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Opinion » Lead

Updated: September 5, 2012 00:30 IST

A Bill that asks too much of the poor

    Jean Drèze
    Reetika Khera
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Instead of rigid targeting, the government must build on the success of the public distribution system which is quietly becoming a significant means of social support

In earlier writings, we have drawn attention to the quiet revival of the public distribution system (PDS) in many States during the last few years. Market prices of PDS commodities — mainly rice and wheat — have sharply increased, giving people a much greater stake in the system. In response to this, or for other reasons, many States have initiated bold PDS reforms. The combination of increased public pressure and greater political commitment to the PDS has led to significant results, including more regular distribution and reduced leakages.

Inclusive PDS

Many States have also moved towards a more inclusive PDS. Restricting the PDS to “below poverty line” (BPL) households has proved very problematic: there is no reliable way of identifying BPL households, exclusion errors are massive, and targeting is also very divisive. There is, therefore, growing pressure for a different approach, where the PDS covers a large majority of the population. Tamil Nadu has gone all the way to a universal PDS: every household there is entitled to 20 kg of rice every month, that too free of cost. Other States that have made significant moves towards a universal or near-universal PDS (at least in rural areas) include Andhra Pradesh, Chhattisgarh, Himachal Pradesh, Kerala, Orissa, and Rajasthan. This approach has helped to not only avoid exclusion errors but also ensure that the PDS works: a more inclusive PDS is under much greater pressure to function.

In some States such as Orissa and Rajasthan, these changes are very recent. In others, notably Chhattisgarh and, of course, Tamil Nadu, they were initiated several years ago. The National Sample Survey (NSS) data for 2009-10 provide a useful opportunity to look for early signs of the results.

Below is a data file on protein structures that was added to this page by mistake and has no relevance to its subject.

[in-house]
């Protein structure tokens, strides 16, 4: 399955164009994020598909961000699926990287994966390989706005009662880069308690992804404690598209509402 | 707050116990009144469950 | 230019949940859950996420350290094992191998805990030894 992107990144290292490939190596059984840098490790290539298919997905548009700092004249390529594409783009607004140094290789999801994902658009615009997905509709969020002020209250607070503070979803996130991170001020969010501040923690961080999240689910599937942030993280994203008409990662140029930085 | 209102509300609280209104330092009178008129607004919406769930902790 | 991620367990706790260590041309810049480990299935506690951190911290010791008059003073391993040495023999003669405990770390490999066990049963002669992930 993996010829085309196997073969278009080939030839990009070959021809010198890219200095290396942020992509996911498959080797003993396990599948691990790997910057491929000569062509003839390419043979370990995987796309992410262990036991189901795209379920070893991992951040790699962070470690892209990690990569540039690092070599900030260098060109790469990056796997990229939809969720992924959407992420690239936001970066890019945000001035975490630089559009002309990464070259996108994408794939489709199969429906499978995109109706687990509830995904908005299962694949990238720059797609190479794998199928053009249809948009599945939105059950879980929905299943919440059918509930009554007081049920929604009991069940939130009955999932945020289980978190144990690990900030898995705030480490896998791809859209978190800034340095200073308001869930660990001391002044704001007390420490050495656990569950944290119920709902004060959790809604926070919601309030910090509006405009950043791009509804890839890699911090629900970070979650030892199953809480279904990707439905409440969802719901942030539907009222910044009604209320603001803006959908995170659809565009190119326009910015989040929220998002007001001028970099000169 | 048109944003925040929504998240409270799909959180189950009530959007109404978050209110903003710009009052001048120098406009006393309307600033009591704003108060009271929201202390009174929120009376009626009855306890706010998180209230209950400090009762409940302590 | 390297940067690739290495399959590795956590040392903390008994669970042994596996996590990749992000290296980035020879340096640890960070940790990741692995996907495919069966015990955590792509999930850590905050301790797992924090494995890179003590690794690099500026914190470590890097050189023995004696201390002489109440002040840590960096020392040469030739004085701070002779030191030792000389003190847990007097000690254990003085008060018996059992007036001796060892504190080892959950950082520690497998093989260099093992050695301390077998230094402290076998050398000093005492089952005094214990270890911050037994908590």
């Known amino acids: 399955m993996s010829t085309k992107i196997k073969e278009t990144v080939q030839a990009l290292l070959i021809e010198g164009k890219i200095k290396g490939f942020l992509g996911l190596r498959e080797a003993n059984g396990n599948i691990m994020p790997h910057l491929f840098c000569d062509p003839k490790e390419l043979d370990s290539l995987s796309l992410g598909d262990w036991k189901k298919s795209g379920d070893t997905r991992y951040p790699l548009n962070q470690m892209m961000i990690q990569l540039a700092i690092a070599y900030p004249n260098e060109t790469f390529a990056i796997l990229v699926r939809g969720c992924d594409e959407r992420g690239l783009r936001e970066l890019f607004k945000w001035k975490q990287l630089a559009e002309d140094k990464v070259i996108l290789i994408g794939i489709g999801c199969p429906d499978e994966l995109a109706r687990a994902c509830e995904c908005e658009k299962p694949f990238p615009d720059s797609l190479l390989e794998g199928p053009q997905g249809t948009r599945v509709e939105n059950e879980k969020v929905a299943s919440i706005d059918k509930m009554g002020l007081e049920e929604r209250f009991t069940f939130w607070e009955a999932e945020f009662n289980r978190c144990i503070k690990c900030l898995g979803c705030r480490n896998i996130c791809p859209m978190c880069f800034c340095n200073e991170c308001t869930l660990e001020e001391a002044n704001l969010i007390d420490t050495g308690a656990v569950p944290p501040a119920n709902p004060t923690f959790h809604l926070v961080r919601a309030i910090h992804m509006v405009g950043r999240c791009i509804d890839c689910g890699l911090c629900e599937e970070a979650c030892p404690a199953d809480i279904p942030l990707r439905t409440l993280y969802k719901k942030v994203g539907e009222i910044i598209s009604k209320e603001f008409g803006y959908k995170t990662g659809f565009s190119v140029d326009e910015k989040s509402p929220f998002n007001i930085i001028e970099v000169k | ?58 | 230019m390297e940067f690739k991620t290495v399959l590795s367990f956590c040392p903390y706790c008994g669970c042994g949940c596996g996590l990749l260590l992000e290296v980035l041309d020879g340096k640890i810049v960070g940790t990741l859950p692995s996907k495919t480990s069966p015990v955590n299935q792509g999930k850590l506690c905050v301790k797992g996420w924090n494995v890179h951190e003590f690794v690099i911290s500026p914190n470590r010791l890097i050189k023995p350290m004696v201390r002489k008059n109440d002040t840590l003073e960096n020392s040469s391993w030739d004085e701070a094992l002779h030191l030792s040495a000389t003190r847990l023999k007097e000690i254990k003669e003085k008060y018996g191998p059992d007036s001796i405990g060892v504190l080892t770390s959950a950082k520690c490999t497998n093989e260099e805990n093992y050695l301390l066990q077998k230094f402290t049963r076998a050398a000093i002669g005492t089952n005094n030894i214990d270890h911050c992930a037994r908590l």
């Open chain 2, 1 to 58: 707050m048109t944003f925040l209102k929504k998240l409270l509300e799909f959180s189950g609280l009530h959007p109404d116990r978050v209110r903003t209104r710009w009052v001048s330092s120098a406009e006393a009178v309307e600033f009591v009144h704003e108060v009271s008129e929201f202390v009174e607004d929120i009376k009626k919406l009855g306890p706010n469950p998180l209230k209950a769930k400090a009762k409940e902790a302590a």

One interesting development is a major increase in PDS purchases: between 2004-5 (the previous “thick round” of the NSS) and 2009-10, household purchases of wheat and rice from the PDS increased by 50 per cent in quantity terms. The proportion of households purchasing at least some rice or wheat from the PDS increased from 27 per cent in 2004-5 to 45 per cent in 2009-10. This quantitative expansion is one important aspect of the recent revival of the PDS in large parts of India.

Further, in value terms, PDS entitlements are now quite substantial in many States. The implicit income subsidy from the PDS can be calculated as the difference between PDS price and market price, multiplied by quantity purchased, and summed over wheat and rice. There are different ways of estimating this, since there is more than one way of identifying the relevant market price. Using the median market price, State-wise, as a benchmark, the average implicit subsidy (for rural households that purchased at least some grain from the PDS) was around Rs 250 per month in 2009-10. Over the year, this is equivalent to the earnings of a whole month’s work under the Mahatma Gandhi National Rural Employment Guarantee Act — without having to work. In absolute terms, it is not much, but for people who are constantly struggling to make ends meet, it does help. The implicit subsidy would be larger, of course, if the PDS worked well across the country.

Impact on poverty

Based on these implicit subsidy calculations, it is possible to estimate the impact of PDS on rural poverty — by adding the implicit subsidy to the explicit NSS estimate of Monthly Per Capita Expenditure (MPCE) for each sample household. To illustrate, consider the following exercise. Suppose we define the “Tendulkar poverty gap” as the sum, over all rural households below the national Tendulkar poverty line, of the difference between that line and a household’s actual MPCE. How far does the PDS reduce the Tendulkar poverty gap? In other words, how much smaller is the poverty gap (in rural areas) when the implicit PDS subsidy is added to the standard components of MPCE?